Control Rights Over Intellectual Property: Corporate Venturing and Bankruptcy Regimes
24 Pages Posted: 17 Apr 2008 Last revised: 25 Oct 2014
Date Written: July 1, 2008
We develop a theory of control rights in the context of licensing interim innovative knowledge for further development, which is consistent with the inalienability of initial innovator's intellectual property rights. Control rights of a downstream development unit, a buyer of the interim innovation, arise from his ability to prevent the upstream research unit from forming financial coalitions at the ex-interim stage of bargaining, over the amount and structure of licensing fees as well as the mode of licensing, either based on trade secrets or via patenting. We model explicitly the equilibrium choice of the financial structure of licensing fees and show that the innovator's financial constraint is more likely to bind when the value of her innovation is low. By constraining the flexibility of the upstream unit regarding her choice of the mode of licensing of her interim knowledge, the controlling development unit is able to reduce the research unit's payoffs in such contingencies. This incentivises the research unit to expend costly effort ex ante to generate more productive interim innovations. We show that such interim control rights can be renegotiation-proof.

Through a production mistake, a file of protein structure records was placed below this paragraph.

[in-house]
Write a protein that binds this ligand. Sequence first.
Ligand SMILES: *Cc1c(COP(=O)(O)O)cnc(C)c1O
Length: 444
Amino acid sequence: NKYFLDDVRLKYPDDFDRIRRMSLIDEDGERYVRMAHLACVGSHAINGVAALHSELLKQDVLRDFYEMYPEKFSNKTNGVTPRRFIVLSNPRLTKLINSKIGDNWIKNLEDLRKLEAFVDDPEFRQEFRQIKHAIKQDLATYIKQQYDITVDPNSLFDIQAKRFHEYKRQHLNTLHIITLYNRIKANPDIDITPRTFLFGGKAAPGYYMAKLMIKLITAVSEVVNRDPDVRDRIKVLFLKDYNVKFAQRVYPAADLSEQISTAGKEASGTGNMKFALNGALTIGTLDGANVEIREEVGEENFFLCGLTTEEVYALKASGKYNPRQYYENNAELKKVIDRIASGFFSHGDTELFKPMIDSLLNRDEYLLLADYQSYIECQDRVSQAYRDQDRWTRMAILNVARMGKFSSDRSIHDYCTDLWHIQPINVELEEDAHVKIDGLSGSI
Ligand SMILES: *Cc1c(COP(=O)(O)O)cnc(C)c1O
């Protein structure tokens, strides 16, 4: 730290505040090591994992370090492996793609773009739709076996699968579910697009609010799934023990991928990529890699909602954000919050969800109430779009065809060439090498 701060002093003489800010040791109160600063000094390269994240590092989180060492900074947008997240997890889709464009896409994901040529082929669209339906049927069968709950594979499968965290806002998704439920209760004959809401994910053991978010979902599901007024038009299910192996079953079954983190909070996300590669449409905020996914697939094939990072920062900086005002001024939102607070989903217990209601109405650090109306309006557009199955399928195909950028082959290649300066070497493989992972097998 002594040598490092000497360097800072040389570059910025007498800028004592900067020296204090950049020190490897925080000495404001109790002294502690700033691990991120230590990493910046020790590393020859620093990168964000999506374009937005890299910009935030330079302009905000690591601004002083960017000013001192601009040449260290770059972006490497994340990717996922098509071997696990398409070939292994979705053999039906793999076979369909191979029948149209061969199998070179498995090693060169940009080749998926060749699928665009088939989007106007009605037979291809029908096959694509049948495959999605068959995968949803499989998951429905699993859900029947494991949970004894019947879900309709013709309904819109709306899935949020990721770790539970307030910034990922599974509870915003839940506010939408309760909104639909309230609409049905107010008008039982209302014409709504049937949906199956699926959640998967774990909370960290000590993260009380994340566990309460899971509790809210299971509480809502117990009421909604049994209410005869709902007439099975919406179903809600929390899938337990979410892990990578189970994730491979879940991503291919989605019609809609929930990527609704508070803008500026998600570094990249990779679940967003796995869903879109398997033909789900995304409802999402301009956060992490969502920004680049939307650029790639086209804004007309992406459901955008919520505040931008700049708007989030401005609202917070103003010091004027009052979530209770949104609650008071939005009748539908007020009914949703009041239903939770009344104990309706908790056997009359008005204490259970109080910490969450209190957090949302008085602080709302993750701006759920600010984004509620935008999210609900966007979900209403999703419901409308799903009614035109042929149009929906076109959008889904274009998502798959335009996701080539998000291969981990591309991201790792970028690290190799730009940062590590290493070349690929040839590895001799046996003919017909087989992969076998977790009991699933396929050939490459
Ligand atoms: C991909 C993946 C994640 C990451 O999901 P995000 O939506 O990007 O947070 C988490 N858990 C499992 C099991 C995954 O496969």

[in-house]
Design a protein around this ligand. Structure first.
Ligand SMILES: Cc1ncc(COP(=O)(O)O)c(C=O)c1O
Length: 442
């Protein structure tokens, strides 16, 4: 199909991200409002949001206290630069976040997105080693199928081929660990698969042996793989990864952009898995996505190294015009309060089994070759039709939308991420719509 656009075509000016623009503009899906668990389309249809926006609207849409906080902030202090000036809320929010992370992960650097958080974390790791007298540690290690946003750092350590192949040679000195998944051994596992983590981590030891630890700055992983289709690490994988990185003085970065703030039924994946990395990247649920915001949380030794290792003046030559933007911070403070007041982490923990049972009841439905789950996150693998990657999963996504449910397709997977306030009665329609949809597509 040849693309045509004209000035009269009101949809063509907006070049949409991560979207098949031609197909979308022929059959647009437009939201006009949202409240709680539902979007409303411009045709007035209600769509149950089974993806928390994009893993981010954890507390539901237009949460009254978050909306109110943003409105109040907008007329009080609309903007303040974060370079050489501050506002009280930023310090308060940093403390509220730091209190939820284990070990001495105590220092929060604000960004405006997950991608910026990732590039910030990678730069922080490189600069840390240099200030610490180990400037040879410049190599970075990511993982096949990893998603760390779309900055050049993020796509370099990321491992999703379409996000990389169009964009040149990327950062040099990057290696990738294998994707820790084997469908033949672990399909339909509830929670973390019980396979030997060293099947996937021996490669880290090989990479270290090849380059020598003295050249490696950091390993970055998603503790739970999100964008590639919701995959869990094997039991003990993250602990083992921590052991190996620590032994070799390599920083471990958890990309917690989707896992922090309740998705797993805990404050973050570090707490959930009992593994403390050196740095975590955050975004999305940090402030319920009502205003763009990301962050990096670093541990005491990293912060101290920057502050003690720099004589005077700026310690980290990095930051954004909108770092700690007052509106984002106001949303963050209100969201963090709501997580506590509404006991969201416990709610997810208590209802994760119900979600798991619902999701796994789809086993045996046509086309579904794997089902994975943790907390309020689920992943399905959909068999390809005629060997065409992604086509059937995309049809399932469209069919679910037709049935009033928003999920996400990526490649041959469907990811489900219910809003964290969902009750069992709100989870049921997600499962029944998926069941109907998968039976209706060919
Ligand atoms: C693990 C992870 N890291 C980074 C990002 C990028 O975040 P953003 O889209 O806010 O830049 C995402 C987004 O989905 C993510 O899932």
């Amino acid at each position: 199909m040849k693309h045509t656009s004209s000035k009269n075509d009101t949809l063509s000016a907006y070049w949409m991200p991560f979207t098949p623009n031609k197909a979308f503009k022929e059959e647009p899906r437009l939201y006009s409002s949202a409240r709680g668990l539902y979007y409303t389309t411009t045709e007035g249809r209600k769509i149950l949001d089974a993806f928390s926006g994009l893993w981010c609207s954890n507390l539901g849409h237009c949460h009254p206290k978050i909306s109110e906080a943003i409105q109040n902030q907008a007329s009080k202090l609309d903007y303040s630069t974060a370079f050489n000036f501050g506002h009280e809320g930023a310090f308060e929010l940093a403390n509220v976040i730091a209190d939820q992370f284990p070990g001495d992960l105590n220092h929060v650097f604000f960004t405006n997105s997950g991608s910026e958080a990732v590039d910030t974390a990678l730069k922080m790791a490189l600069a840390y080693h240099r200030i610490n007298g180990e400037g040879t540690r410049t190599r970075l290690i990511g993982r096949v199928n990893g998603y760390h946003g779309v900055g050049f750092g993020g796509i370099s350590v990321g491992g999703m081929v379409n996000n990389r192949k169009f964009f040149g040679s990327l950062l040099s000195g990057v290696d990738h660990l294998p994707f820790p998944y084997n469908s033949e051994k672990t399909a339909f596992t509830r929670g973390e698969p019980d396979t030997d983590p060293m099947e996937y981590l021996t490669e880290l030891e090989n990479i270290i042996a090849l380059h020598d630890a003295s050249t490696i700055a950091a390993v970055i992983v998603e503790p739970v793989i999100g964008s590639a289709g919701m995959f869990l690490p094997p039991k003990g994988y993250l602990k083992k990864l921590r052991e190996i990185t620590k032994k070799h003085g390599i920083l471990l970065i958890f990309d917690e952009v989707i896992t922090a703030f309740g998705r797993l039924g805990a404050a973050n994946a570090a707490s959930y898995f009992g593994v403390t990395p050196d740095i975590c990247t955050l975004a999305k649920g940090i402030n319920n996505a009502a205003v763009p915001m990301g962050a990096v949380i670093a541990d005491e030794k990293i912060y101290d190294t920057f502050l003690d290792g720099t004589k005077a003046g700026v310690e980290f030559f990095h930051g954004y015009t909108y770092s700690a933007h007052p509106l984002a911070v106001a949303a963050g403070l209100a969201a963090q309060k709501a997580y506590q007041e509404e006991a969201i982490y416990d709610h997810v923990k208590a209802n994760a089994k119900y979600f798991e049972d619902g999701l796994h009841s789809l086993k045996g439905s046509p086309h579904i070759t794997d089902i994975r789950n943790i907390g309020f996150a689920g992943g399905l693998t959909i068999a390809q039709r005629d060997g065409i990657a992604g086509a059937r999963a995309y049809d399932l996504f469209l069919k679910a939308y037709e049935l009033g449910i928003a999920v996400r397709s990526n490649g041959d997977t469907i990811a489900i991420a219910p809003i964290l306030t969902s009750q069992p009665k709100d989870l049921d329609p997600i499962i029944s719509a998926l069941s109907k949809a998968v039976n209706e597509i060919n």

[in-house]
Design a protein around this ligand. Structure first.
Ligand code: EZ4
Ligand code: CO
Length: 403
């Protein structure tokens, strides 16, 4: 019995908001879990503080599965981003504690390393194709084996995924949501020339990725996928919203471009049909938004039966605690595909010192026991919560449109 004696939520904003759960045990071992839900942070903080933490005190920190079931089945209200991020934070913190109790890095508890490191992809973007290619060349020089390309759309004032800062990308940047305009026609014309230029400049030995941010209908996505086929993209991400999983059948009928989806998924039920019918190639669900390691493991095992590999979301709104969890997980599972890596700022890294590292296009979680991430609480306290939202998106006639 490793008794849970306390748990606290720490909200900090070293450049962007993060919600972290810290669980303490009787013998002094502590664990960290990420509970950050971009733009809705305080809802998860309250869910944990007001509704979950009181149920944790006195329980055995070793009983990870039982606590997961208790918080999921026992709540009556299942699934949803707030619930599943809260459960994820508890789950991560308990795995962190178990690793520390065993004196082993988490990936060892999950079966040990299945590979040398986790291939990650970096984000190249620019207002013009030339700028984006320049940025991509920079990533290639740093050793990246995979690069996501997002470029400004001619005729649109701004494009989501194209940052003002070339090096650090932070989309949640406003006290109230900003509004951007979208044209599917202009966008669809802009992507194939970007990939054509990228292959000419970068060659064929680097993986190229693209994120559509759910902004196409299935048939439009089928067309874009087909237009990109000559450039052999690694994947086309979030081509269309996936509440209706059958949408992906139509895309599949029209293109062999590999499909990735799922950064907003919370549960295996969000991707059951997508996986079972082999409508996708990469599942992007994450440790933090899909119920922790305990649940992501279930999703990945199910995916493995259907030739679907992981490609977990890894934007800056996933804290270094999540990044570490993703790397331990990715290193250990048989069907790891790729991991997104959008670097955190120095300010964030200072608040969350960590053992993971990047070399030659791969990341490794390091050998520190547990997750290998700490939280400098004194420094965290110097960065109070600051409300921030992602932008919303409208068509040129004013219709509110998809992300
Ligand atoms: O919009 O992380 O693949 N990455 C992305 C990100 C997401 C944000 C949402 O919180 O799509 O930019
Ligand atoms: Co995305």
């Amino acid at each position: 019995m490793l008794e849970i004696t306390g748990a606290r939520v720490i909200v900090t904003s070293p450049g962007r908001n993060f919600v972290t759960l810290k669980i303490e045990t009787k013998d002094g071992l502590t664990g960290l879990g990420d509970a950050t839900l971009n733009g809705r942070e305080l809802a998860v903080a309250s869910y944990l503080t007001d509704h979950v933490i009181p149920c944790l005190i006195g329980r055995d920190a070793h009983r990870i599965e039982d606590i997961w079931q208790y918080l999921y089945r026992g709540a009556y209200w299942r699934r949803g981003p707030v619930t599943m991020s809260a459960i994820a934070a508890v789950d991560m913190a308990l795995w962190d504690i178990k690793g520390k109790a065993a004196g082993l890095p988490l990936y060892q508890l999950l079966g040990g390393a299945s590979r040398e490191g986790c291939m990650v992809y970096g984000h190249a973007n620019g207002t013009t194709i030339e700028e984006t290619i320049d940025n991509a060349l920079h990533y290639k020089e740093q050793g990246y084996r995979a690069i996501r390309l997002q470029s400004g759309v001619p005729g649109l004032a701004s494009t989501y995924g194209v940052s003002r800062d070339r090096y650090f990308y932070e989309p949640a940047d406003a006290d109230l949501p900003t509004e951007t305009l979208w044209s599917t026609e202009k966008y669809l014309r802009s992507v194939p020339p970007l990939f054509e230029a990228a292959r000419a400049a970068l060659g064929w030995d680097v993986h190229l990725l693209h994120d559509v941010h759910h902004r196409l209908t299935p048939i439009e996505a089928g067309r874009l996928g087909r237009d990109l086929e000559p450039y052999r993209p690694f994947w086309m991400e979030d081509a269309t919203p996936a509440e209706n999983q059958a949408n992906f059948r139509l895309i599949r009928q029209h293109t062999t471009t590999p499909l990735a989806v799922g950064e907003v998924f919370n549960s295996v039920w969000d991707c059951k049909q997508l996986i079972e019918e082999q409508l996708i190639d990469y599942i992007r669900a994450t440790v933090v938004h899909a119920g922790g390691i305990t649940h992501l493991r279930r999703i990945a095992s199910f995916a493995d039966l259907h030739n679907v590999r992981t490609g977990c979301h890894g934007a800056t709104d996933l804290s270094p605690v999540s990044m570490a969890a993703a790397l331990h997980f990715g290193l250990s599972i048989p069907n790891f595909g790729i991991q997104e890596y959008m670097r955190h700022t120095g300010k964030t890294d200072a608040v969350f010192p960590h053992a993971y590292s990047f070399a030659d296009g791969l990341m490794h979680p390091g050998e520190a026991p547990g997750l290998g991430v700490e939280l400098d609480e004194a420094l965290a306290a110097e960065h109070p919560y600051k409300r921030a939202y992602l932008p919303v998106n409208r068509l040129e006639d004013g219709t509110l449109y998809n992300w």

Keywords: control rights, intellectual property rights, corporate venturing
JEL Classification: D23, K12, O32.
Suggested Citation: Suggested Citation